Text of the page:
Written by Jenny Colgan, Little Beach Street Bakery, is surprisingly enjoyable. The writing style and character development are better than you expect based on cover art and blurb, even though there’s a bit of a formula feel.
Though Polly’s life has veered wildly off course, there isn’t really sense of dread. There’s a comforting feeling that it’s probably going to work out for her, even as things go from bad to worse. The theme of reinvention is always enticing; readers get to imagine what would happen if they lost everything, but got to start over in a new place, with new people and a new job.
Set in Cornwall, England, Polly and her boyfriend opened a graphic design company not long before computer programs allowed users to do their own design and printing. Their business failure exposed the cracks in the couple’s relationship and they eventually broke up, leaving Polly without a home or a job.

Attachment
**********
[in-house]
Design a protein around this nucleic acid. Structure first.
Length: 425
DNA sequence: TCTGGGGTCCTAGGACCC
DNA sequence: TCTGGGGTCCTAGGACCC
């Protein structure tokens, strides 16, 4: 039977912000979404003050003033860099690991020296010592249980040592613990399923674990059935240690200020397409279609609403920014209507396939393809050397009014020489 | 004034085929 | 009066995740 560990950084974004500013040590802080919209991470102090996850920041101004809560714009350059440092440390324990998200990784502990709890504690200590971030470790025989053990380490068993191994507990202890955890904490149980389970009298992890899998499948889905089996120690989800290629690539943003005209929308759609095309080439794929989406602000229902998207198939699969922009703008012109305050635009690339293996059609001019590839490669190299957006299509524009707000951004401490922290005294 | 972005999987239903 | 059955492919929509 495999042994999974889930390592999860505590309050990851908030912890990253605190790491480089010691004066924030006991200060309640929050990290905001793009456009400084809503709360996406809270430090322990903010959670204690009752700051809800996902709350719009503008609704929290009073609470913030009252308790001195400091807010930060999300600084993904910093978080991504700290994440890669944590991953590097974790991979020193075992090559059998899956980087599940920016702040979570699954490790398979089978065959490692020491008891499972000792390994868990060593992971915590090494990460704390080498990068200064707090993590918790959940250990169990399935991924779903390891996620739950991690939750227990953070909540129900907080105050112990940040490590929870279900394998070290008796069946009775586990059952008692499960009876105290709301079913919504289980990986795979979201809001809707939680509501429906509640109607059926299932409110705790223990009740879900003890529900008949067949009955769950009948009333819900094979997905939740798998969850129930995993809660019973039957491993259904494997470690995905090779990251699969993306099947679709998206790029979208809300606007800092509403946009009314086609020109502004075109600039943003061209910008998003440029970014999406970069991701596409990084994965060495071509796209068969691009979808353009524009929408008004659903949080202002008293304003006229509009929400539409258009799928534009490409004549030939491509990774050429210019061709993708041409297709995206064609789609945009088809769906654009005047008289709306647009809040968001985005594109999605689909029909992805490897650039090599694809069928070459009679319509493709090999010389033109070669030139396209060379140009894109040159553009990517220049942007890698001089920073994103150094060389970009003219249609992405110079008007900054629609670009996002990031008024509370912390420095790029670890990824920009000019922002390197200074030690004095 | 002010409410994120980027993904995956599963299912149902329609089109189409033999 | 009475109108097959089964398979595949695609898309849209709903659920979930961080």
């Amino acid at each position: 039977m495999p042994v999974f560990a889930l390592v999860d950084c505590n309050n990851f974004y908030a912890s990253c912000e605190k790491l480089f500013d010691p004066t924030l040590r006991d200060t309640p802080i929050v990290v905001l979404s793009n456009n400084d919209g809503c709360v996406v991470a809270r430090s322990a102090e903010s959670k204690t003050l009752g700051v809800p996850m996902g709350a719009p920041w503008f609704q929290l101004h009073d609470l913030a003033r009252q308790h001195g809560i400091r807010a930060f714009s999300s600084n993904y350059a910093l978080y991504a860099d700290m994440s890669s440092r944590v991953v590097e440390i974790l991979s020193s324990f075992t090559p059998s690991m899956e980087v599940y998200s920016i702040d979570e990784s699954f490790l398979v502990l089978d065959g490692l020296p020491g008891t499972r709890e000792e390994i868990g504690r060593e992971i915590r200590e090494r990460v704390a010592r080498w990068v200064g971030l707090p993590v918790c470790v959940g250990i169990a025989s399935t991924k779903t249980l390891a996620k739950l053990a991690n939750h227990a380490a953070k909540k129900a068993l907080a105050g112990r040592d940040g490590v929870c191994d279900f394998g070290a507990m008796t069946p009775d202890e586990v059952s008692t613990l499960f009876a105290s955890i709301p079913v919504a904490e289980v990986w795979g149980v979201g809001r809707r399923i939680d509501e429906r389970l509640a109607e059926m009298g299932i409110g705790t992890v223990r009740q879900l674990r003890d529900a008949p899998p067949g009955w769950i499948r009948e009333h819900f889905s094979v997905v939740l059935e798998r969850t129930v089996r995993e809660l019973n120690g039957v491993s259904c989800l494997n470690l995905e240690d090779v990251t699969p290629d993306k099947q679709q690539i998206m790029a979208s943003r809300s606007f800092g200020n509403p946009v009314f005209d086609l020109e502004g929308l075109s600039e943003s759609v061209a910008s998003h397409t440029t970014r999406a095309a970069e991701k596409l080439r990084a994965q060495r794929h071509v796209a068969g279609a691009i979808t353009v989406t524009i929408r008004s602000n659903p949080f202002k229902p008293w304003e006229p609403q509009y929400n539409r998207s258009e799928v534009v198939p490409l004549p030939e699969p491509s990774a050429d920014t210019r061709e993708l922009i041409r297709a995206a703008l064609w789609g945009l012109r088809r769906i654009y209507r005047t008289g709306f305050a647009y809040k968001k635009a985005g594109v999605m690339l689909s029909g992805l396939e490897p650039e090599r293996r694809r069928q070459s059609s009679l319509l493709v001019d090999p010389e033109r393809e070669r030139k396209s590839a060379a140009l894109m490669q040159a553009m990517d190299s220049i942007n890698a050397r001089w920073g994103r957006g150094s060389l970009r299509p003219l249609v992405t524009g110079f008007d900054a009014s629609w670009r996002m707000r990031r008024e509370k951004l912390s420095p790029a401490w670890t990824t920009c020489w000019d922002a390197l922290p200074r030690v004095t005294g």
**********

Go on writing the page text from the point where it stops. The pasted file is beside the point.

After a dispiriting apartment search, she ends up in a town that is cut off from the rest of England at high tide, living in a dirty and dilapidated building. The upsides are the ocean views, companionship of a local fisherman and a mysterious American, as well as an adopted baby puffin. The downsides are the lack of jobs, and a cranky landlady who, as the local baker, is threatened by Polly’s skill in bread making.
Adding to the richness of the novel are secondary characters such as Reuben, an obnoxious philanthropist, Kerensa, Polly’s best friend, through whose eyes Polly is able to appreciate the advantages of her new life, and, of course, Neil, the puffin. The fishing village setting and the evolving friendships and romances make for a lovely break from the stresses of fast-paced, mainland life.